ECONOMY

The Secret to Finding the Best Food in Oaxaca

There is no shortage of guidebooks and online resources with advice about where to eat in Oaxaca or other places in Mexico. I’m here to impart several secrets that most of those sources do not reveal, even if they pretend to provide “the real scoop.”

First, if you do it right, most of your best meals will be eaten before 3 p.m., sometimes even before 10 a.m. Most “comida popular,” as it is called, is sold in the earlier parts of the work day, as the evening meal is typically eaten at home with family. Those are the supply chains you wish to catch, because they will have the freshest food and ingredients. Treat your dinner as an afterthought, but plan the earlier part of your day carefully.

Start by getting up fairly early and avoiding the hotel breakfast, which is rarely excellent even in the fanciest places.

The best thing to do is to walk or take a cab to a food market around 8 or 9 a.m. Look for a lone woman selling tamales, and don’t be afraid to ask around for her, since her place in the market will not be so obvious. Everyone in the market, however, will know her station. In Oaxaca, you might try 20 de Noviembre market or Mercado de Abastos, but tamales can be found in other locations as well, sometimes also in the parks or in various neighborhoods, carried around in baskets.

Then order as many tamales as you can; you won’t find it easy to spend more than $5 on your meal. Of particular interest are the tamales de mole, tamales de amarillo (the word means yellow, but they’re actually orange), and the tamales de rana with tomatoes. In addition to the fillings, you can enjoy the thrilling experience of eating corn near the locations where corn was first bred and engineered by indigenous Mexicans before the Spanish conquest. You’ll feel like you’ve never tasted corn before.

Those are the best meals I have in Mexico, and they pass what is called “the Lindy test,” which means they’ve stood the test of time.

I divide Mexico up into a corn belt — most of the country — and a wheat belt in the north, but tamales will be common in most parts of Mexico you are likely to visit (in Baja California, try for ceviche instead).

Don’t worry about sanitation; the tamales have been steamed at high temperatures and kept hot, and they are served promptly. They’re typically gone by 10 a.m., a sign of both their quality and their safety.

Barbecue in Mexico is another delight not always covered by the guidebooks, because it is served typically on the edges of towns. Don’t expect the restaurants to have names; they are merely outdoor settings with chairs and tables. Just ask a taxi to recommend somewhere and then bring you.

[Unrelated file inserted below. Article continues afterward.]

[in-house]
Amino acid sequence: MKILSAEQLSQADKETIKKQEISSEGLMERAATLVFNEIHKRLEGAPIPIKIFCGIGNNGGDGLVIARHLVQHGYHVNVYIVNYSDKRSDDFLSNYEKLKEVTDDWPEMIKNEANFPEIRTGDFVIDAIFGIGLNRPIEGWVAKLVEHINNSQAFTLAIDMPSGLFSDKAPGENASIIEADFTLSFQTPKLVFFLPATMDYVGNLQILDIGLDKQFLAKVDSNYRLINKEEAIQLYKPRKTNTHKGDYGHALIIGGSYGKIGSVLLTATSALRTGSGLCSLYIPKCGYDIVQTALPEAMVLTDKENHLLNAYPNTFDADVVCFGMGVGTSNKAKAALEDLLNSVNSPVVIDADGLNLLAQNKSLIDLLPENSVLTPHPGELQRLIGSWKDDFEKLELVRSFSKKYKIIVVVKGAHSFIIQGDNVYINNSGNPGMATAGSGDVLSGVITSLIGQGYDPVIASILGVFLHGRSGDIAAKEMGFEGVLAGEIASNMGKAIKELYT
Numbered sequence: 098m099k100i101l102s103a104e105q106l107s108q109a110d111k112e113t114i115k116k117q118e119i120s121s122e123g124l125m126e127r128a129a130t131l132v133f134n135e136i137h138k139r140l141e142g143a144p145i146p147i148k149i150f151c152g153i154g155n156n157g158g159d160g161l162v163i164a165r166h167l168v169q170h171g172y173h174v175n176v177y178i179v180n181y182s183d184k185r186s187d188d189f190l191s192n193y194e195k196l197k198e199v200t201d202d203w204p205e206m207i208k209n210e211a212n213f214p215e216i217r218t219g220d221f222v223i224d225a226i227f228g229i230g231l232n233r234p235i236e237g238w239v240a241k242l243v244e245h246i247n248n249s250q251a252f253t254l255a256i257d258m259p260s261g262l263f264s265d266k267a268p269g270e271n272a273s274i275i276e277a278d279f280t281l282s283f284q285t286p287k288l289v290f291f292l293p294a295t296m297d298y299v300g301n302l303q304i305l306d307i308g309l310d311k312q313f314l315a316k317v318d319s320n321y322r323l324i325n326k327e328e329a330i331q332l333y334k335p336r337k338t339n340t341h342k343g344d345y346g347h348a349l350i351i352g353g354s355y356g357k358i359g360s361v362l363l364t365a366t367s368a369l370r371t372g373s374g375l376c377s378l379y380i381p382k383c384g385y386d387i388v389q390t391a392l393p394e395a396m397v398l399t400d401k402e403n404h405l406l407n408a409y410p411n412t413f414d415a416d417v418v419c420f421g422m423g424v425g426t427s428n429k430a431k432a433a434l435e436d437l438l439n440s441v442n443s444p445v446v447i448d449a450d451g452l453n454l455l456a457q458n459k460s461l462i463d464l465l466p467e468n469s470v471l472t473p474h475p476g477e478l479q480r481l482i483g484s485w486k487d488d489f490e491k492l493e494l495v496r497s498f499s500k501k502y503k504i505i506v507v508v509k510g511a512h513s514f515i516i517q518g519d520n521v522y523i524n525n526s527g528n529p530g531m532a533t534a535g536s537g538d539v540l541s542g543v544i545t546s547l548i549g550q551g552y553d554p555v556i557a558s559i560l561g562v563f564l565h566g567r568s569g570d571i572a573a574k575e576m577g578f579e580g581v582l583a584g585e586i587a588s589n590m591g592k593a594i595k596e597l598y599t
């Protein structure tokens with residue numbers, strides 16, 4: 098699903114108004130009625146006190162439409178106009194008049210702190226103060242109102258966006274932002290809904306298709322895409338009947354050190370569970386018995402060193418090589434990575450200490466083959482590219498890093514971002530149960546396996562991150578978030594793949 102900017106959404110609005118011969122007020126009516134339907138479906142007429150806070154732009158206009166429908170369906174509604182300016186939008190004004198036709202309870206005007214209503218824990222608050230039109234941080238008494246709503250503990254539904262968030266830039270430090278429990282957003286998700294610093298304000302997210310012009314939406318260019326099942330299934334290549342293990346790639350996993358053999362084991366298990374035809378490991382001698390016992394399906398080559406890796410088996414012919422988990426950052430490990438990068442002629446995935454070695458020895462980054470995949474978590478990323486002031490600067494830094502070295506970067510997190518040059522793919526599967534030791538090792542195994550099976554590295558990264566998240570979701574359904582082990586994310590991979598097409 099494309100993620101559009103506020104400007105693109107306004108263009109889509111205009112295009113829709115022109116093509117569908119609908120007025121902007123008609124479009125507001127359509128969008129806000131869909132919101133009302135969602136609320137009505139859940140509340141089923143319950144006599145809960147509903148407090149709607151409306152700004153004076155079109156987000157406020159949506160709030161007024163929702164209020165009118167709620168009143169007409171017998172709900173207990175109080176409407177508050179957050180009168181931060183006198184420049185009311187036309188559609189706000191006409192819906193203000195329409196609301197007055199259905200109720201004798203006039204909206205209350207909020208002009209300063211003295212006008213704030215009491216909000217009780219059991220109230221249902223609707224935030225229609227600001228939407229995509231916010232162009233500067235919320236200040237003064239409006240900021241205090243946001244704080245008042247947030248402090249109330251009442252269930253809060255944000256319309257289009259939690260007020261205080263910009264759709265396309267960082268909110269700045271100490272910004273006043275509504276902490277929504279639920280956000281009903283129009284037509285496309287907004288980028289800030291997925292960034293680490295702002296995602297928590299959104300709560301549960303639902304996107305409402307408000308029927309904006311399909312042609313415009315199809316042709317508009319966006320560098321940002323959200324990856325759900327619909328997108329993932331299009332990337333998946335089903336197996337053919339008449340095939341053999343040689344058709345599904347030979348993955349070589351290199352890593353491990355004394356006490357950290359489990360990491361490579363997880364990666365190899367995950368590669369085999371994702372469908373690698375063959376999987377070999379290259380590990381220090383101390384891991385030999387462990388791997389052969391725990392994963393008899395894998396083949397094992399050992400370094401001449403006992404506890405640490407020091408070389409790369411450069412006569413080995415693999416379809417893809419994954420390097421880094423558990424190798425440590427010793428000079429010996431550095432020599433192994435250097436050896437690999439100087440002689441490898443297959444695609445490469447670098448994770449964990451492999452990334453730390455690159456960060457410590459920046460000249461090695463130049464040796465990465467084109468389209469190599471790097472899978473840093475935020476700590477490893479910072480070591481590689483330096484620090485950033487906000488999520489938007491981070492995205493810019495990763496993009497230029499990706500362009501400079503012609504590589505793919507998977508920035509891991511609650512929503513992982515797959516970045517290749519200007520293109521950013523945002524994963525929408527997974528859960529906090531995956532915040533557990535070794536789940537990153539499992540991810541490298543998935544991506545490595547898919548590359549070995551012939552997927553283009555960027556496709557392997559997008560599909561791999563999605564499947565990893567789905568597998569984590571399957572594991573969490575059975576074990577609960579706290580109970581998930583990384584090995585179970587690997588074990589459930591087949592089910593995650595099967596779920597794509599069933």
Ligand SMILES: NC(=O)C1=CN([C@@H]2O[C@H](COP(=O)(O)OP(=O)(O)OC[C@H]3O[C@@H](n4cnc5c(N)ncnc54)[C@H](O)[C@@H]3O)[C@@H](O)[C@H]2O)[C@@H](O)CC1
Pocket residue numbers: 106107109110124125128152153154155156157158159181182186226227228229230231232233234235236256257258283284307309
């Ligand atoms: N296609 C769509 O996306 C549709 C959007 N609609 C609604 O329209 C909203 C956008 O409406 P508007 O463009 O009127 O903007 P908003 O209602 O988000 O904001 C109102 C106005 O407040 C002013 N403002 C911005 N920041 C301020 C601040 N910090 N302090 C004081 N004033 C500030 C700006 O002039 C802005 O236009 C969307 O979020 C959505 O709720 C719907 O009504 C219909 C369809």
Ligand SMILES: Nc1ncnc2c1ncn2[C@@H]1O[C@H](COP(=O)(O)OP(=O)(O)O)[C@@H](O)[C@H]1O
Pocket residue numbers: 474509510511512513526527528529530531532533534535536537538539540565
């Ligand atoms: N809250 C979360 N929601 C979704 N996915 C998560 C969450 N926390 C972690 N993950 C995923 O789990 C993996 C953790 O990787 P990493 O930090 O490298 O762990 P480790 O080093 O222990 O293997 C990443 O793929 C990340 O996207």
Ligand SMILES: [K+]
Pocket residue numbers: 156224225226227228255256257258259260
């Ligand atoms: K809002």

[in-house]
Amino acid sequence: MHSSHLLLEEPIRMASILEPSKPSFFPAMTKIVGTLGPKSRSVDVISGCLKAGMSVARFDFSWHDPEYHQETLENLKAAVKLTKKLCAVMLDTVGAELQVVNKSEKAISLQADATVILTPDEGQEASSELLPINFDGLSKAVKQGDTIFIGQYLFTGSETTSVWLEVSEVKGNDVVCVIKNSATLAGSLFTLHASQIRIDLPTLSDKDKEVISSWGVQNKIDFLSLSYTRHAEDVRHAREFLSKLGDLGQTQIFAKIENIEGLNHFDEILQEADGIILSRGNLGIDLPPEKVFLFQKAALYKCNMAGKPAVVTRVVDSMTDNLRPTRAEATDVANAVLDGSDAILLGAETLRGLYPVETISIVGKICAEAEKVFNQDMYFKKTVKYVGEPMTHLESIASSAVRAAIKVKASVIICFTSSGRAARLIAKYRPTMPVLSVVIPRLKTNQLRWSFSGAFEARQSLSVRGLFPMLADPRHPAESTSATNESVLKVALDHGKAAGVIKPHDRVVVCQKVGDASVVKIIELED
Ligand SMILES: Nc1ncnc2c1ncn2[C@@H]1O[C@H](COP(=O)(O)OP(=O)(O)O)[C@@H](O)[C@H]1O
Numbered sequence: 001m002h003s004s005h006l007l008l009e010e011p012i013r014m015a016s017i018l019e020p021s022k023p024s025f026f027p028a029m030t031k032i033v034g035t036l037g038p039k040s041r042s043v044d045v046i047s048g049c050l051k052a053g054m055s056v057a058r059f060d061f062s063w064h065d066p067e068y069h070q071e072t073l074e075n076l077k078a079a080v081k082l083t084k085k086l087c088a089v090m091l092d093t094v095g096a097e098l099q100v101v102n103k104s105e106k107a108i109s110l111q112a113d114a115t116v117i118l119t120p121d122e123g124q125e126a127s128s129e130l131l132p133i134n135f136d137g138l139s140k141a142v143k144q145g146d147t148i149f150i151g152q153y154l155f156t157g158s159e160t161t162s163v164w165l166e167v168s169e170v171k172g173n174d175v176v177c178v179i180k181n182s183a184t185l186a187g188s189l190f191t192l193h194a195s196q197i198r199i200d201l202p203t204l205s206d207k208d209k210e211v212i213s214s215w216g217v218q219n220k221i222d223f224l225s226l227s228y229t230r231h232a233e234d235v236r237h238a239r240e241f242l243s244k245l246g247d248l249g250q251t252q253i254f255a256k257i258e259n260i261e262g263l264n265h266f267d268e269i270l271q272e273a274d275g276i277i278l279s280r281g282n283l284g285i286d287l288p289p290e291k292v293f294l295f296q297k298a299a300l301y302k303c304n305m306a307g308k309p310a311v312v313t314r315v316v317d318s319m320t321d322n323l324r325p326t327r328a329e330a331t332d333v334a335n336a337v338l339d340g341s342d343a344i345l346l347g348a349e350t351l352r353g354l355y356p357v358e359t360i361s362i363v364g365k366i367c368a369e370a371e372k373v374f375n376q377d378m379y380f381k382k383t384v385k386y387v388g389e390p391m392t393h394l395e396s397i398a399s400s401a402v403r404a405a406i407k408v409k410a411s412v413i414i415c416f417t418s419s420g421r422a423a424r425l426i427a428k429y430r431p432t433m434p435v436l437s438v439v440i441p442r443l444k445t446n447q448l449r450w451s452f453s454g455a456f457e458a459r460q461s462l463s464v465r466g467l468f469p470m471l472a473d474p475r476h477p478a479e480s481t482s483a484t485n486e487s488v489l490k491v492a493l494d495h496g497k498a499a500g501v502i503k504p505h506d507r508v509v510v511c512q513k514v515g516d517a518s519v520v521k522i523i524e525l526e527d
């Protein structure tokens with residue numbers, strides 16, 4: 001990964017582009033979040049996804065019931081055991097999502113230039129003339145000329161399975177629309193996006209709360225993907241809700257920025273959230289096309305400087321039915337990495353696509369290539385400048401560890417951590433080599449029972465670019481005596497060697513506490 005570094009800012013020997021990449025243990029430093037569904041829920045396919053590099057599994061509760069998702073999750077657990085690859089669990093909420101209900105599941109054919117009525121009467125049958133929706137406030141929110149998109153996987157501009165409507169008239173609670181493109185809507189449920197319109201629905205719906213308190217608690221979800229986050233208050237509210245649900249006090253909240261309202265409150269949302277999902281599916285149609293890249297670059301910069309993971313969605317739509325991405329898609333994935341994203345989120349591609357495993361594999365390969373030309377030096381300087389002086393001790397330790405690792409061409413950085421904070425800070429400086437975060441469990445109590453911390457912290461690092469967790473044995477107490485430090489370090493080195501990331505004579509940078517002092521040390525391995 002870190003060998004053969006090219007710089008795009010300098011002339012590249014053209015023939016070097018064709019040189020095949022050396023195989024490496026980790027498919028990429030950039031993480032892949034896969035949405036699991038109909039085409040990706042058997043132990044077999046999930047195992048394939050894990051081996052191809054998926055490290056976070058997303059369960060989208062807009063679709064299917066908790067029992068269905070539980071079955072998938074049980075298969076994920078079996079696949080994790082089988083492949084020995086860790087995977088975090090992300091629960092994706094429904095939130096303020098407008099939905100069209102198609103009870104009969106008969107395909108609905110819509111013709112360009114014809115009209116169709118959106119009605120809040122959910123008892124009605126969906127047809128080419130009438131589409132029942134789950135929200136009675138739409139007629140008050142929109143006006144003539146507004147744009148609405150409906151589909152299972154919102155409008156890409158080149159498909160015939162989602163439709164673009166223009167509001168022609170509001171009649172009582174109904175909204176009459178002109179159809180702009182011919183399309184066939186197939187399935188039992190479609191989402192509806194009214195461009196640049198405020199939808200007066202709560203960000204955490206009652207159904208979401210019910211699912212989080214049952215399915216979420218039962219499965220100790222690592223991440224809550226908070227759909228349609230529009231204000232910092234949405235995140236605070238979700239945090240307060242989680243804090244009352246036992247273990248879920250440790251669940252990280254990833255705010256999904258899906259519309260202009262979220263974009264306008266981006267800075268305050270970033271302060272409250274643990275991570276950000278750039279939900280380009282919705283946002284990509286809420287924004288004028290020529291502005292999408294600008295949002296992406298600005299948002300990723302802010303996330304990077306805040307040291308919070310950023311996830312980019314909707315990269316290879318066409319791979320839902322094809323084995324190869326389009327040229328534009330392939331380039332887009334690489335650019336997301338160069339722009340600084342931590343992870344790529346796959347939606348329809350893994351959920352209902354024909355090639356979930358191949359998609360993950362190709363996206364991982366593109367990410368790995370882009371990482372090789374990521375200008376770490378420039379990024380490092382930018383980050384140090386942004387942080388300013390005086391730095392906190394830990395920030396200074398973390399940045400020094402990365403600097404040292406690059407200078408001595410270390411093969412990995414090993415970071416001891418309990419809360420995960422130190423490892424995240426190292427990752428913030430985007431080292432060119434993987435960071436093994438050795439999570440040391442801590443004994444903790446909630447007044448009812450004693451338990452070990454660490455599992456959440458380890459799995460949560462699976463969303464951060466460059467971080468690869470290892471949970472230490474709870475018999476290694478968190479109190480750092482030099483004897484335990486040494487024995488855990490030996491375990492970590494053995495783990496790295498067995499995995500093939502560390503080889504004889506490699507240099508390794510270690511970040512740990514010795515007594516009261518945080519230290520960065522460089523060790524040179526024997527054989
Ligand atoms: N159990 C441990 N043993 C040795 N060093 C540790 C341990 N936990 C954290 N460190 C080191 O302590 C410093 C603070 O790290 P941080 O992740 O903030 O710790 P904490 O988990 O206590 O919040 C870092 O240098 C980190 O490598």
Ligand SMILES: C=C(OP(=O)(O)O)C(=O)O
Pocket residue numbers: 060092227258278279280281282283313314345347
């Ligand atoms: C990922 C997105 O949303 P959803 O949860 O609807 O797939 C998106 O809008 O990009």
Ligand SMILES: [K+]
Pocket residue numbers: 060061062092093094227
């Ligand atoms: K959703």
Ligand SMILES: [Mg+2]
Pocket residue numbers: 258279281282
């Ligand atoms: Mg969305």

Quality Mexican barbacoa is cooked underground and overnight, then delivered fresh in the morning. This is in contrast to U.S. barbecue, which usually is mass produced and cooked with gas flame by machines, even in many renowned barbecue joints.

It is common for the meat to run out by 1 p.m., so again you need to plan ahead and strike early. Use the sauces and condiments you are given with the meal. In Oaxaca, my favorite is the borrego (lamb), but chivo (goat) is a popular alternative. For all the debates about North Carolina vs. Texas barbecue, I see Mexico as the winner in this category.

The third tip is to go for some roast chicken from an outdoor pollo asado shop. Again, it may not be in the center city, so use a taxi if you need to, again noting the more general principle that a little mobility goes a long way. The main merit here is simply that the chicken will have much more flavor. It can be hard to get that taste in the U.S. at any price.

As for Covid-19, mask-wearing in Mexico is nearly universal, including outdoors, and most definitely on people serving food.

After exploring these options, perhaps in the evening you can saunter into one of Oaxaca’s many world-famous restaurants and order a small snack. But it won’t be nearly as memorable.

This column does not necessarily reflect the opinion of the editorial board or Bloomberg LP and its owners.

Tyler Cowen is a Bloomberg Opinion columnist. He is a professor of economics at George Mason University and writes for the blog Marginal Revolution. His books include “Big Business: A Love Letter to an American Anti-Hero.”

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